We compiled a list of books to immerse yourself in the wisdom and wonder of forests on Earth. Happy reading!
Books For Children
The Great Kapok Tree by Lynn Cherry
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The Great Kapok Tree by Lynn Cherry
View the Oli Would Grow e-book here
Books For Adults
Finding the Mother Tree, Discovering the Wisdom of the Forest by Suzanne Simard
From NEW YORK TIMES BEST SELLER and world’s leading forest ecologist, Suzanne Simard debuts her first book about the intimate and fascinating world of forests. A pioneer researcher on plant communication and intelligence, Simard’s TED talks have reached 10 million people worldwide and have even influenced popular filmmakers (the Tree of Souls of James Cameron’s Avatar).
In a journey of deep personal and scientific discovery, Simard illuminates the dazzling truth of trees, and their ability to communicate, cooperate, and help each other and other species in the forest in times of need. Using simple, elegant prose that illustrates complex, scientific findings, Simard debunks a century old idea that trees are competitive beings and instead discovers through vigorous research that trees are complicated, social, and cooperative species, connected through vast and rich networks of underground mycelia. Through her research, she’s found trees lead lives not too different from our own––that they sound warnings, put up defenses, cooperate with sophistication and intelligence similar to civil human societies.
Genre: Non-fictions, biography, auto-biography
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To Speak for the Trees: My Life's Journey from Ancient Celtic Wisdom to a Healing Vision of the Forest by Diana Beresford-Kroeger
A world-recognized botanist and medical biochemist, Diana Beresford-Kroeger has revolutionized our understanding of forests by unveiling the hidden life of trees. Her memoir starts with a deeply personal story of the death of her parents, and how her upbringing as an orphan immersed her in ancient Celtic wisdom about the natural world. In the book, Beresford-Kroeger laments the lost forests of Ireland while simultaneously stitching together traditional Celtic medicines and the modern world of medical science.
To Speak for the Trees is both a story of Beresford-Kroeger’s incredible career and achievements as a scientist, as well as a roadmap for solving the global climate crisis. She awakens readers to the beauty and transformative power of forests while calling to action to save these dwindling, last frontiers. It eloquently describes how forests can not only heal us, but also help save the world.
Genre: Non-fiction, biography, auto-biography
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The Overstory by Richard Powers
The Overstory, winner of the 2019 Pulitzer Prize in Fiction, is a sweeping, impassioned work of activism and resistance that is also a stunning evocation of—and paean to—the natural world. From the roots to the crown and back to the seeds, Richard Powers’s twelfth novel unfolds in concentric rings of interlocking fables that range from antebellum New York to the late twentieth-century Timber Wars of the Pacific Northwest and beyond. There is a world alongside ours—vast, slow, interconnected, resourceful, magnificently inventive, and almost invisible to us. This is the story of a handful of people who learn how to see that world and who are drawn up into its unfolding catastrophe.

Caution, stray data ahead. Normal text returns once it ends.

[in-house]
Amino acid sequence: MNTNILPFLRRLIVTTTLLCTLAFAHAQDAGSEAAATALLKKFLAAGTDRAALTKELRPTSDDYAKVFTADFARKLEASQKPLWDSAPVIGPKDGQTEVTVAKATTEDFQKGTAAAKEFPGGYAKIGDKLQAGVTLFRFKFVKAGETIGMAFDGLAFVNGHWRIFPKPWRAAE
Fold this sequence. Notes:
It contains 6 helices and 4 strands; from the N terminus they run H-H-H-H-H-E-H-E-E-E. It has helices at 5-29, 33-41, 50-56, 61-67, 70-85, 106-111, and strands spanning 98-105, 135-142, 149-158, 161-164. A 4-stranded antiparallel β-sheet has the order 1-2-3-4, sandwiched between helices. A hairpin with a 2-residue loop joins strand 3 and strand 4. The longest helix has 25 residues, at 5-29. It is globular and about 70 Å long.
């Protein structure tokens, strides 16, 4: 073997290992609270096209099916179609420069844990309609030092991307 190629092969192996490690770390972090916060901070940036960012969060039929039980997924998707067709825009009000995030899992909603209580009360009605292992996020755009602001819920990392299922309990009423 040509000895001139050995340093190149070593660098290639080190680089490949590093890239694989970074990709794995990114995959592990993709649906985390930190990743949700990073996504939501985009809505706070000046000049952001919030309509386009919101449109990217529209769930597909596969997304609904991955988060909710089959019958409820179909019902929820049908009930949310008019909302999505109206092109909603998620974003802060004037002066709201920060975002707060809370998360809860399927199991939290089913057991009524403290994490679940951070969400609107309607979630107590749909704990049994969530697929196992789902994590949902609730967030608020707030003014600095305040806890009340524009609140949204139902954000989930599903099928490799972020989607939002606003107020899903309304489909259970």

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Hawaiian Forest Plants by Mark Merlin
Hiking in the forests of Hawai’i offers many rewards. Walking along our mountain paths is an excellent form of healthy exercise. The scenic beauty of the Hawaiian landscape is spectacular and diverse, and there are many colorful, individual organisms that inhabit the forest environments.
Some people who walk the forest trails are concerned primarily with the challenge of climbing to the top of a peak or crossing the mountain range. These may be strong incentives for adventure, but many of us have additional interests in the surrounding plant life. We may want to know the local and scientific names of the various plants, as well as where they came from, how they got here, why they are where they are, and for what purposes they are (or were) used.
Many botanists prefer line drawings to photographs because such drawings can be more explicit in their presentation of botanical information. Positive identification, in fact, often requires very exacting inspection of floral parts along with coordinated referral to botanical “keys.” However, this field guide is for the beginner who appreciates photography. Those who wish to pursue the interesting field of Hawaiian botany in greater depth can use the short bibliography at the end to aid you on your way. Have fun!
Genre: Field guides, identification